e-gambling Togel Hongkong could get trial run
A proposed Internet gambling site with ties to the city of the Las Vegas could have a three-month trial period.
Mayor Oscar Goodman proposed the test run during a Monday City Council meeting to consider whether such a site should operate with the city’s official name and seal.
Las Vegas lawyer James Jimmerson, who represents a group of longtime casino executives pushing the plan, said he was unsure whether his clients would approve a trial period.
“My suspicion is that they would support it,” Jimmerson said following the afternoon meeting, “but I don’t want to overstep my bounds.”
City officials are considering the proposal by vegasone.com to lend Las Vegas’ official seal to the site, as part of a money-making effort to raise millions of dollars for city programs.
Las Vegas casino industry lawyer Tony Cabot, who represents developers of the proposed site, said the Web address could conservatively generate $360 million a year, with $90 million going to the city of Las Vegas.
Last spring, the City Council approved a $321 million budget for the current fiscal year.
According to the terms of their proposed licensing agreement with the city, the group of Las Vegas-based executives would use the city of Las Vegas name and official seal on their vegasone.com Web site in exchange for 5 percent of the site’s gross revenues and 25 percent of its profits.
Company executives believe the seal would give their site a competitive edge with skeptical online gamblers who are wary of many of the estimated 1,000 Internet betting sites.
City Councilman Larry Brown questioned Monday if the city should join with a private company in a business venture.
“Where do we draw the line between partnering with a company and overseeing it? What is our role as a government agency?” Brown said. “I’m interested in moving forward with this, but we need to move forward incrementally. I’d like to see more public dialogue of what we are contemplating.”
The company’s board of directors includes Jimmerson; former Caesars Palace boss Dan Reichartz; ex-MGM Grand boss Larry Woolf; former Nevada Gaming Control Board Chairman Phil Hannifin; International Game Technology founder Si Redd; and USA Capital’s Tom Hantges. Hannifin is vegasone.com’s chairman, and Redd is the vice chairman.
Jimmerson said USA Capital’s Hantges has committed $20 million toward the venture.
Citing figures from the Wall Street Investment banking firm of Bear, Stearns & Co., Cabot predicted that Internet gambling will generate $6.3 billion in yearly revenues by 2003.
“If 50 percent of those Togel Hongkong bets are being made by the U.S., and we garner just 10 percent, that’s $360 million,” Cabot said.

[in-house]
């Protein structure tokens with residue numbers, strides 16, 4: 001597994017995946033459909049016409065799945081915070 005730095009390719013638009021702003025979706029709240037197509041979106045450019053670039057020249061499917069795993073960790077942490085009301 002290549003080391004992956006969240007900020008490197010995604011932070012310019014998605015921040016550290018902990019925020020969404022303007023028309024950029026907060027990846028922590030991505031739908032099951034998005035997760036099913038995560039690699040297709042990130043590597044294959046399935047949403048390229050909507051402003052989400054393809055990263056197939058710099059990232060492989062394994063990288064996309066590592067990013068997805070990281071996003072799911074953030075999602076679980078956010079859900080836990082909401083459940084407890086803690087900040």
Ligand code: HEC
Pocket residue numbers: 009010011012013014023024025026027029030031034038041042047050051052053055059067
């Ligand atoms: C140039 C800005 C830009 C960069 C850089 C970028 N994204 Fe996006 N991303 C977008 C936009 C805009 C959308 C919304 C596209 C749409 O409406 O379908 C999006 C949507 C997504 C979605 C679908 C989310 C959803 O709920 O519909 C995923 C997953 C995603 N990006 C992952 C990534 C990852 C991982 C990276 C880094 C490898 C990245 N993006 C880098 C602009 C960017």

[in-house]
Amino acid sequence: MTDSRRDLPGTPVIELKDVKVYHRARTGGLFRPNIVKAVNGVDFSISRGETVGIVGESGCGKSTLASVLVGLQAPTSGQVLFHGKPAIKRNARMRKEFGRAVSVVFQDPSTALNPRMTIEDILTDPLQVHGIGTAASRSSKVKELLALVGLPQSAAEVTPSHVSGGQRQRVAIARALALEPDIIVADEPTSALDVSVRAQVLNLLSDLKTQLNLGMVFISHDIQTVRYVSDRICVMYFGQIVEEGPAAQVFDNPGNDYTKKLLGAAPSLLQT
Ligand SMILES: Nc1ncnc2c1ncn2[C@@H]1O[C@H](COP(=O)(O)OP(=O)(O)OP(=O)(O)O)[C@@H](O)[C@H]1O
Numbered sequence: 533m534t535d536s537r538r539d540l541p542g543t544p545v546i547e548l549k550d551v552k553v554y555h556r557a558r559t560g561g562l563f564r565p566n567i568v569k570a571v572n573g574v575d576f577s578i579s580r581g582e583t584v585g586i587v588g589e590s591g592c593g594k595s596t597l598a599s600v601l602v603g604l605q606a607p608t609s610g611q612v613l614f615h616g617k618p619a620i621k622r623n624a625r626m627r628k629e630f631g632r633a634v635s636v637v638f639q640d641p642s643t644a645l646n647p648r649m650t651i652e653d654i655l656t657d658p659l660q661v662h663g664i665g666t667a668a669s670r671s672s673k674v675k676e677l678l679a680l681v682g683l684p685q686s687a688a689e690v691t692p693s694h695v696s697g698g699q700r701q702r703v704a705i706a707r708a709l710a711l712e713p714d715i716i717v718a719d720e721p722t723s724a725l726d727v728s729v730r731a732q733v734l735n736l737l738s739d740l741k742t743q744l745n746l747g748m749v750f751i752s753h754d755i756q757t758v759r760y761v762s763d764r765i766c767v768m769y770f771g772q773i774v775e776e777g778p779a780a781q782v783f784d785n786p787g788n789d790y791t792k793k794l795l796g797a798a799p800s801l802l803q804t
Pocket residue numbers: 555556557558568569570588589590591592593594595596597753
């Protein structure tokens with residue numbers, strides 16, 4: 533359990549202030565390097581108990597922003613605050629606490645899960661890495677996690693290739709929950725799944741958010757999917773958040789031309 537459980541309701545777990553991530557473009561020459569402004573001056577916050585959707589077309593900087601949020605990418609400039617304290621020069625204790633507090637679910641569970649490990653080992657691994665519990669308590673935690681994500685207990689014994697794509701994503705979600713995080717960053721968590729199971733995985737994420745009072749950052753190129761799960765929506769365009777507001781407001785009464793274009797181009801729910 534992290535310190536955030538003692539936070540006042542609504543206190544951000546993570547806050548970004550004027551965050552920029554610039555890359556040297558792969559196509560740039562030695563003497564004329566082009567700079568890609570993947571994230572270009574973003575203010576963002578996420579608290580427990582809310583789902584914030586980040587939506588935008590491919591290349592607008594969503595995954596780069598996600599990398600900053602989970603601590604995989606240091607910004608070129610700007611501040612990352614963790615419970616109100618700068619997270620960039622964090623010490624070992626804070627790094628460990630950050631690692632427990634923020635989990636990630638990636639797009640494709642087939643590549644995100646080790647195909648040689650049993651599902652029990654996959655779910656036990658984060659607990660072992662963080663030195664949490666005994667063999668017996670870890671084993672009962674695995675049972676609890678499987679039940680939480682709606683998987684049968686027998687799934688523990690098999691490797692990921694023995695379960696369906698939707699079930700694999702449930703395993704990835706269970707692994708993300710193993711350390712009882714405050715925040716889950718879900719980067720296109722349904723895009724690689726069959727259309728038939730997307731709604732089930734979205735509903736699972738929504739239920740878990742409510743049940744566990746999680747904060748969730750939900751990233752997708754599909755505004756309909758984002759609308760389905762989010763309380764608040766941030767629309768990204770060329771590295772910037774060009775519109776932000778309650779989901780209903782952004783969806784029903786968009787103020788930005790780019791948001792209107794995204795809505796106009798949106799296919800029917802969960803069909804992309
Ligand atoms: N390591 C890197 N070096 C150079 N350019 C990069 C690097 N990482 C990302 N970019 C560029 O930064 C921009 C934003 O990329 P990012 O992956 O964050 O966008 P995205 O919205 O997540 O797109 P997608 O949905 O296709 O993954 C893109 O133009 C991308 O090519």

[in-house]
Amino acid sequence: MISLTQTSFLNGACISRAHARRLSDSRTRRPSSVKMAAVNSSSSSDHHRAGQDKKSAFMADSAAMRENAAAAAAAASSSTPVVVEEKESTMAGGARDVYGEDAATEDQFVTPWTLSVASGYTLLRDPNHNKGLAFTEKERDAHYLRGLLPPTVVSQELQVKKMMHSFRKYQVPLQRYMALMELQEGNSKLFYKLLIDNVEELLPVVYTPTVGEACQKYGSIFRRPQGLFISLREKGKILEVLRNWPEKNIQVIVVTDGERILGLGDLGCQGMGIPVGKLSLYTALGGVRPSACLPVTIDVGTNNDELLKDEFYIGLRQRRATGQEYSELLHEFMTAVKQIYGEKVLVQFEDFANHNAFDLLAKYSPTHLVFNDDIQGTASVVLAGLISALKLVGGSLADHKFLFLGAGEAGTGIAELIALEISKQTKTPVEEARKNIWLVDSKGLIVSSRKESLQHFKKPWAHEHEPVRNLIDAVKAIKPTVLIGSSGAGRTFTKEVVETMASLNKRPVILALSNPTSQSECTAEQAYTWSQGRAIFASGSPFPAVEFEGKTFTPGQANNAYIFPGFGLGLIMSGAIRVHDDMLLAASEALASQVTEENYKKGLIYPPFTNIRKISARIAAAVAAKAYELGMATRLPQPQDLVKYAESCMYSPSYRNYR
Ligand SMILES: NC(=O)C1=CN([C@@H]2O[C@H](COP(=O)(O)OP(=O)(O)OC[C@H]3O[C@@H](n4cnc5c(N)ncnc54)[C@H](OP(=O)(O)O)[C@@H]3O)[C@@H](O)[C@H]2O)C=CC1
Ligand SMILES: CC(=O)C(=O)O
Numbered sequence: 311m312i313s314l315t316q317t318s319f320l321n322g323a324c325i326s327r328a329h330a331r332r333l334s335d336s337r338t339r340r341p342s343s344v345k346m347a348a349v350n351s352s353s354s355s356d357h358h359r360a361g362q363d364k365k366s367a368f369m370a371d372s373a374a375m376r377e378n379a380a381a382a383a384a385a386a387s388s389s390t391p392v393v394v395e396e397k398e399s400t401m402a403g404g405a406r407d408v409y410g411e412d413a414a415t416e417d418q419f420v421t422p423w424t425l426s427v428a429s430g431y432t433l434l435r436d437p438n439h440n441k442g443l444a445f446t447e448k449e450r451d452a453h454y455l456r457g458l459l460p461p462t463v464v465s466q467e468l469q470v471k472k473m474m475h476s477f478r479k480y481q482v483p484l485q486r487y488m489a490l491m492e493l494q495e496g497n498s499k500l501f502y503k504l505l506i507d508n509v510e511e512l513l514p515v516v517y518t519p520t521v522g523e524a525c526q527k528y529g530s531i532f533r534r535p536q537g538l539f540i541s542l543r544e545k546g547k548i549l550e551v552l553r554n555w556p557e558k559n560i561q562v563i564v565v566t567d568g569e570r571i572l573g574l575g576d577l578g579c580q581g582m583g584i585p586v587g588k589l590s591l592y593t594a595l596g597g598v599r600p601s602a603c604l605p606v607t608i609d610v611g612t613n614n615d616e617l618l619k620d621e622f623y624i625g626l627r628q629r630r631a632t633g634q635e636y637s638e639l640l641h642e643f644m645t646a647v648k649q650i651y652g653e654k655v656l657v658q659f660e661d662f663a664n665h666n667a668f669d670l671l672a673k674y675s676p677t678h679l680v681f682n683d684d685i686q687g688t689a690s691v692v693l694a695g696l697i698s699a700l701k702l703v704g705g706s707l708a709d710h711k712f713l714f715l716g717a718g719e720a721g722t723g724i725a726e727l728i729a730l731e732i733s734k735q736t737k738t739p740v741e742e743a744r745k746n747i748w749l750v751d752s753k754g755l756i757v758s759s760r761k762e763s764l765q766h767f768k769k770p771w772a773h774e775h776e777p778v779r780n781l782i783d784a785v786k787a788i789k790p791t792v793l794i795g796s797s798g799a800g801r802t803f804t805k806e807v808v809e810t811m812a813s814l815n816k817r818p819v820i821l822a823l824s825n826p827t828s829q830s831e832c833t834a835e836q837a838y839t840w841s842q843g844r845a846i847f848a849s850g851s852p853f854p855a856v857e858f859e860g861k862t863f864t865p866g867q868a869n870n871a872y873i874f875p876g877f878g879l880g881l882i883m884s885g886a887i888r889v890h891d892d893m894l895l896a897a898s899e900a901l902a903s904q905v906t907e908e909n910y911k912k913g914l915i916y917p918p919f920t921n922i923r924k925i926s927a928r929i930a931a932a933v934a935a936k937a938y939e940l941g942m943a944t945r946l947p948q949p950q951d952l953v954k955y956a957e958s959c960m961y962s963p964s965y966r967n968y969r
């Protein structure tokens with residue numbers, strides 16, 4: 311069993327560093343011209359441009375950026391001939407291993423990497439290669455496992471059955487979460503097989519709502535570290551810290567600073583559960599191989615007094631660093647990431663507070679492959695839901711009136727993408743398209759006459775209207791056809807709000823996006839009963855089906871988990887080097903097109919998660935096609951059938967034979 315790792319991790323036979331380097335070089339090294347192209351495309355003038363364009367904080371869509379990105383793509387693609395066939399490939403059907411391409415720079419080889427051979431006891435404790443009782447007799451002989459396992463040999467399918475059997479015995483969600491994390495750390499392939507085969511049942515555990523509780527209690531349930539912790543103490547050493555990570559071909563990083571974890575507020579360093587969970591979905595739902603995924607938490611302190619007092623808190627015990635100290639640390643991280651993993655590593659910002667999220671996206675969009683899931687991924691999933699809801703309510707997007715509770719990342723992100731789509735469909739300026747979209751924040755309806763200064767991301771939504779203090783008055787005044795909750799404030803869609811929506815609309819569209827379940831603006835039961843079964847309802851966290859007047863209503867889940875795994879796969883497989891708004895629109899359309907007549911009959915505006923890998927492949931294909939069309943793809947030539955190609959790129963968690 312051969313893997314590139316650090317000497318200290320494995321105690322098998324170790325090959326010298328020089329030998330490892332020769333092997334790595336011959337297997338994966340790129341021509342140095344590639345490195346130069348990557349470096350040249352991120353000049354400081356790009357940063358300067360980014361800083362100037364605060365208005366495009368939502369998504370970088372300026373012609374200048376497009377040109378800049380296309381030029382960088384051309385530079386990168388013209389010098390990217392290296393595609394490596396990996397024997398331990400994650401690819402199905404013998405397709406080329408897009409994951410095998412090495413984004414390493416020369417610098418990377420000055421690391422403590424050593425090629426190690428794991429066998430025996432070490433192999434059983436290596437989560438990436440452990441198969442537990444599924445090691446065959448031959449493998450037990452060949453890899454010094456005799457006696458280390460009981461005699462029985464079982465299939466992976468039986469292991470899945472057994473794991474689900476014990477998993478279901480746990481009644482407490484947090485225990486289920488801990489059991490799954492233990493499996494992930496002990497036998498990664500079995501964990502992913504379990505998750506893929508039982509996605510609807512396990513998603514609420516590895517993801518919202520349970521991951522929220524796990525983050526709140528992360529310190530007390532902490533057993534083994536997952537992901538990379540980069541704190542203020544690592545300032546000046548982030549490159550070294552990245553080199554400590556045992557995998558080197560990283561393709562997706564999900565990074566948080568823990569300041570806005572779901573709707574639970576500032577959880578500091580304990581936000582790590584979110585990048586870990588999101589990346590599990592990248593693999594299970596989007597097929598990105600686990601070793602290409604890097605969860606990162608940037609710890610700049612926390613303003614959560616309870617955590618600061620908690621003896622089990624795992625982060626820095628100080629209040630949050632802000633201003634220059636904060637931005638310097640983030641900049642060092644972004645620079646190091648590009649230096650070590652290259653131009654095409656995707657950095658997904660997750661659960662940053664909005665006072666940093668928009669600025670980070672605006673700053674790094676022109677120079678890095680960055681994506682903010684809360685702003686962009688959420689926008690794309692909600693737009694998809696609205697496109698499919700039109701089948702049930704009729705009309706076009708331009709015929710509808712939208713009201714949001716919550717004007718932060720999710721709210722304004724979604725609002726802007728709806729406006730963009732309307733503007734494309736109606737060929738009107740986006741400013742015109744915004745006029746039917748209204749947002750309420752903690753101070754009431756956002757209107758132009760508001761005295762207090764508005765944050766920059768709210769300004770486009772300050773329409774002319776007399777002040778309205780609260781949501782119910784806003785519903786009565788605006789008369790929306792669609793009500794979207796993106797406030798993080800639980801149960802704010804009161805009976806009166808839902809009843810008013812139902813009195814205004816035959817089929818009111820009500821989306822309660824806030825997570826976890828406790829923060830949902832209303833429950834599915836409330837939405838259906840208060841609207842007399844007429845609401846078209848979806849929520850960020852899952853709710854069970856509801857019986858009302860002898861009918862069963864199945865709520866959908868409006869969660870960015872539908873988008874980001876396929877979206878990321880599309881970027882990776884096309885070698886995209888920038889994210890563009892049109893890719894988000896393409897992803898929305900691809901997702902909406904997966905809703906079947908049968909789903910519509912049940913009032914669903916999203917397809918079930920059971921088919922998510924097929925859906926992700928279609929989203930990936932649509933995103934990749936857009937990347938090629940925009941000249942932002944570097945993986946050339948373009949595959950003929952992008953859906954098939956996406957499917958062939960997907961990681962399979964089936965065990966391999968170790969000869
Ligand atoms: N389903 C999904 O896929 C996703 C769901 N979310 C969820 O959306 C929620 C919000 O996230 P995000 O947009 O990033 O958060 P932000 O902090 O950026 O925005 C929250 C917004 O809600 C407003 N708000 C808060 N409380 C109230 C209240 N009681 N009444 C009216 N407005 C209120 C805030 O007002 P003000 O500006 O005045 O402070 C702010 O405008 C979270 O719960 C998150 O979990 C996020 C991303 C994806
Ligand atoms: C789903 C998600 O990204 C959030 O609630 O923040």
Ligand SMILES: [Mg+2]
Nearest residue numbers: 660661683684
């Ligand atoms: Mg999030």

Jimmerson said he will tell the council Wednesday whether his client’s will agree to the proposed trial period, although board member Woolf said Monday evening it was too early to say if he’d support such a move.
“We would be willing to look at the issue very closely, but I can’t give an answer since I wasn’t at the (City Council) meeting and am not aware of the context in which it was given,” Woolf said.
Jimmerson said he doesn’t see any reason why his fellow board members would not accept a practice run.
“They may ask for a longer trial period, like a year,” he said, “but I’m sure they are willing to work with the city.”
The City Council would have to vote to determine whether the city’s seal could be placed on the site.
Ten people testified at Monday’s public hearing, with several wondering whether the city would be held liable if minors and others accessing the site from within U.S. borders were caught gambling.
Lawyers at the U.S. Justice Department believe federal law prohibits Internet gambling within U.S. borders, and legislation supported by Sen. Richard Bryan, D-Nev, is working its way through the House and Senate to clearly ban Internet gambling within the United States.
Jimmerson said numerous fire walls or security checks would be taken to prevent illegal betting and a city-appointed board could define acceptable advertising for the site.
He noted that vegasone.com would be licensed and regulated in Australia to avoid Nevada’s prohibition against Internet gambling. Its Web server would be based overseas, possibly in Australia or Europe.
Council members as well as some residents raised concerns of an online gambling site with the Las Vegas seal possibly harming the city’s reputation if the site conducted itself in an unethical manner, such as accepting X-rated advertisements.
“I think anything of this magnitude should go to the vote of the people,” resident Richard Bratton said. “This is very very risky.”